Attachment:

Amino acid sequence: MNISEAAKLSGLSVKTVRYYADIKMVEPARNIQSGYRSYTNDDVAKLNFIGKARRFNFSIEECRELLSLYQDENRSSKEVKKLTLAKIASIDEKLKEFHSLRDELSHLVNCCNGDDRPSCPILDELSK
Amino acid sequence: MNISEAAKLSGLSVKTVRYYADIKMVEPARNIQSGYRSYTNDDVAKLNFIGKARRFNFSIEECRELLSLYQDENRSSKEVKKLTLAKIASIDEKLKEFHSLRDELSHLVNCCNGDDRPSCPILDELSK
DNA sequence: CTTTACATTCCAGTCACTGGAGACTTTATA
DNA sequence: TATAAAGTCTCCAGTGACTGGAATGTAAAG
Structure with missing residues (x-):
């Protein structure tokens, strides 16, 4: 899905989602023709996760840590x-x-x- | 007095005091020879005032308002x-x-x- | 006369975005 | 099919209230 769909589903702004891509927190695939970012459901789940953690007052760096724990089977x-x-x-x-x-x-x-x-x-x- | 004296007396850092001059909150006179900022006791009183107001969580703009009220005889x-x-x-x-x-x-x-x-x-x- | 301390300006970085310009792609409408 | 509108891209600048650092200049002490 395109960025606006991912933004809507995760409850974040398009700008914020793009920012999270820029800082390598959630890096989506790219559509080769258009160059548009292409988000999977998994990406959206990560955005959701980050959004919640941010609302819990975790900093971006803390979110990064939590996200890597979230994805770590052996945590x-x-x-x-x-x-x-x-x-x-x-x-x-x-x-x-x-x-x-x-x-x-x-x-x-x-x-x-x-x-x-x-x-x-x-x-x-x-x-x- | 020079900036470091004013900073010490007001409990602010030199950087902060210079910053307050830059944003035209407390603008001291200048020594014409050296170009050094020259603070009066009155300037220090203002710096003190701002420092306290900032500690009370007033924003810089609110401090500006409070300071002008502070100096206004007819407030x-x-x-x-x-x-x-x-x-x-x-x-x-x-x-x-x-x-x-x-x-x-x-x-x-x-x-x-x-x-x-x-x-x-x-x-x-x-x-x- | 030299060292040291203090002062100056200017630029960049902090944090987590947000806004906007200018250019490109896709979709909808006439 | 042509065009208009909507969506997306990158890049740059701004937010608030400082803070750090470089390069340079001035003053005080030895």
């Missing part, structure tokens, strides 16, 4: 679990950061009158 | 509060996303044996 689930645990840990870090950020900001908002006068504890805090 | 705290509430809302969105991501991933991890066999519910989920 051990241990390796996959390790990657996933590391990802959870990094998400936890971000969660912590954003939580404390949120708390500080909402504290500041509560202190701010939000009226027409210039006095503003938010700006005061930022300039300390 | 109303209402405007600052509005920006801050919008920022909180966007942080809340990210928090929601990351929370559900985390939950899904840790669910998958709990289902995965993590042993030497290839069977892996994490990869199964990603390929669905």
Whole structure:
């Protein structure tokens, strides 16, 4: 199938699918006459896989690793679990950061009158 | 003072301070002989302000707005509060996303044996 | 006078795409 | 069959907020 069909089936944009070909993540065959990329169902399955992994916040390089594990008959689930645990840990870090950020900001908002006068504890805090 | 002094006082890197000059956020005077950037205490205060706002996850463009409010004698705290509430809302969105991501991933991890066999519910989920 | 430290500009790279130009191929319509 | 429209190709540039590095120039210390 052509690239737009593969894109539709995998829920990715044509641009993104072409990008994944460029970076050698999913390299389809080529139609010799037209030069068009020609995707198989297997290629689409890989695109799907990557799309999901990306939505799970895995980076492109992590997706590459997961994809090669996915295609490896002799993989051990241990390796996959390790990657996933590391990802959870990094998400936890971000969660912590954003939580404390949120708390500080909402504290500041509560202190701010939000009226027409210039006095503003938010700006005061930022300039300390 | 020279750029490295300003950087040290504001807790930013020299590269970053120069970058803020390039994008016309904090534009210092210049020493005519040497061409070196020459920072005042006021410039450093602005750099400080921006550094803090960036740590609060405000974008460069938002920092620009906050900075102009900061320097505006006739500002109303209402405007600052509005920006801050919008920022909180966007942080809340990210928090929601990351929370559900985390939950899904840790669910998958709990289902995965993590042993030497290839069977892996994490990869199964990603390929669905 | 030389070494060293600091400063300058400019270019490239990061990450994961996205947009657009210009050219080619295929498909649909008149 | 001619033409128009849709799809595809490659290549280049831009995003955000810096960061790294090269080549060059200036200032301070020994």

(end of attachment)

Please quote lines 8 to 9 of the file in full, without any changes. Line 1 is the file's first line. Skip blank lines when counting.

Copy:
Whole structure:
């Protein structure tokens, strides 16, 4: 199938699918006459896989690793679990950061009158 | 003072301070002989302000707005509060996303044996 | 006078795409 | 069959907020 069909089936944009070909993540065959990329169902399955992994916040390089594990008959689930645990840990870090950020900001908002006068504890805090 | 002094006082890197000059956020005077950037205490205060706002996850463009409010004698705290509430809302969105991501991933991890066999519910989920 | 430290500009790279130009191929319509 | 429209190709540039590095120039210390 052509690239737009593969894109539709995998829920990715044509641009993104072409990008994944460029970076050698999913390299389809080529139609010799037209030069068009020609995707198989297997290629689409890989695109799907990557799309999901990306939505799970895995980076492109992590997706590459997961994809090669996915295609490896002799993989051990241990390796996959390790990657996933590391990802959870990094998400936890971000969660912590954003939580404390949120708390500080909402504290500041509560202190701010939000009226027409210039006095503003938010700006005061930022300039300390 | 020279750029490295300003950087040290504001807790930013020299590269970053120069970058803020390039994008016309904090534009210092210049020493005519040497061409070196020459920072005042006021410039450093602005750099400080921006550094803090960036740590609060405000974008460069938002920092620009906050900075102009900061320097505006006739500002109303209402405007600052509005920006801050919008920022909180966007942080809340990210928090929601990351929370559900985390939950899904840790669910998958709990289902995965993590042993030497290839069977892996994490990869199964990603390929669905 | 030389070494060293600091400063300058400019270019490239990061990450994961996205947009657009210009050219080619295929498909649909008149 | 001619033409128009849709799809595809490659290549280049831009995003955000810096960061790294090269080549060059200036200032301070020994």